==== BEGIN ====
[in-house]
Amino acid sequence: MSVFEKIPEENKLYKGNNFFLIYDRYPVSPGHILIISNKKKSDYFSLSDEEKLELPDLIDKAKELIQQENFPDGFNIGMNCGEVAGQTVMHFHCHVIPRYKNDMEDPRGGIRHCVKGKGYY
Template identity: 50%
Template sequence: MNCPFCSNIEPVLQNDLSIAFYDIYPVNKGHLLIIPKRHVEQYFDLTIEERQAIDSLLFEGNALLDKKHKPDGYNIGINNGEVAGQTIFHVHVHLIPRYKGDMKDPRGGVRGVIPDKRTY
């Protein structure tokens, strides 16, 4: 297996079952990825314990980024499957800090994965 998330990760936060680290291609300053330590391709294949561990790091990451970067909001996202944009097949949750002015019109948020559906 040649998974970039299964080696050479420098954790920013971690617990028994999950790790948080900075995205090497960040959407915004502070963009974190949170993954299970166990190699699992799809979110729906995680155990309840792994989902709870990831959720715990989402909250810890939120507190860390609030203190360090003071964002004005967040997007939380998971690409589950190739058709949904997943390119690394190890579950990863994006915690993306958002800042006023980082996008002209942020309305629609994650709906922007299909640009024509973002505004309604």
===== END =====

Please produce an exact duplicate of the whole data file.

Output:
[in-house]
Amino acid sequence: MSVFEKIPEENKLYKGNNFFLIYDRYPVSPGHILIISNKKKSDYFSLSDEEKLELPDLIDKAKELIQQENFPDGFNIGMNCGEVAGQTVMHFHCHVIPRYKNDMEDPRGGIRHCVKGKGYY
Template identity: 50%
Template sequence: MNCPFCSNIEPVLQNDLSIAFYDIYPVNKGHLLIIPKRHVEQYFDLTIEERQAIDSLLFEGNALLDKKHKPDGYNIGINNGEVAGQTIFHVHVHLIPRYKGDMKDPRGGVRGVIPDKRTY
């Protein structure tokens, strides 16, 4: 297996079952990825314990980024499957800090994965 998330990760936060680290291609300053330590391709294949561990790091990451970067909001996202944009097949949750002015019109948020559906 040649998974970039299964080696050479420098954790920013971690617990028994999950790790948080900075995205090497960040959407915004502070963009974190949170993954299970166990190699699992799809979110729906995680155990309840792994989902709870990831959720715990989402909250810890939120507190860390609030203190360090003071964002004005967040997007939380998971690409589950190739058709949904997943390119690394190890579950990863994006915690993306958002800042006023980082996008002209942020309305629609994650709906922007299909640009024509973002505004309604």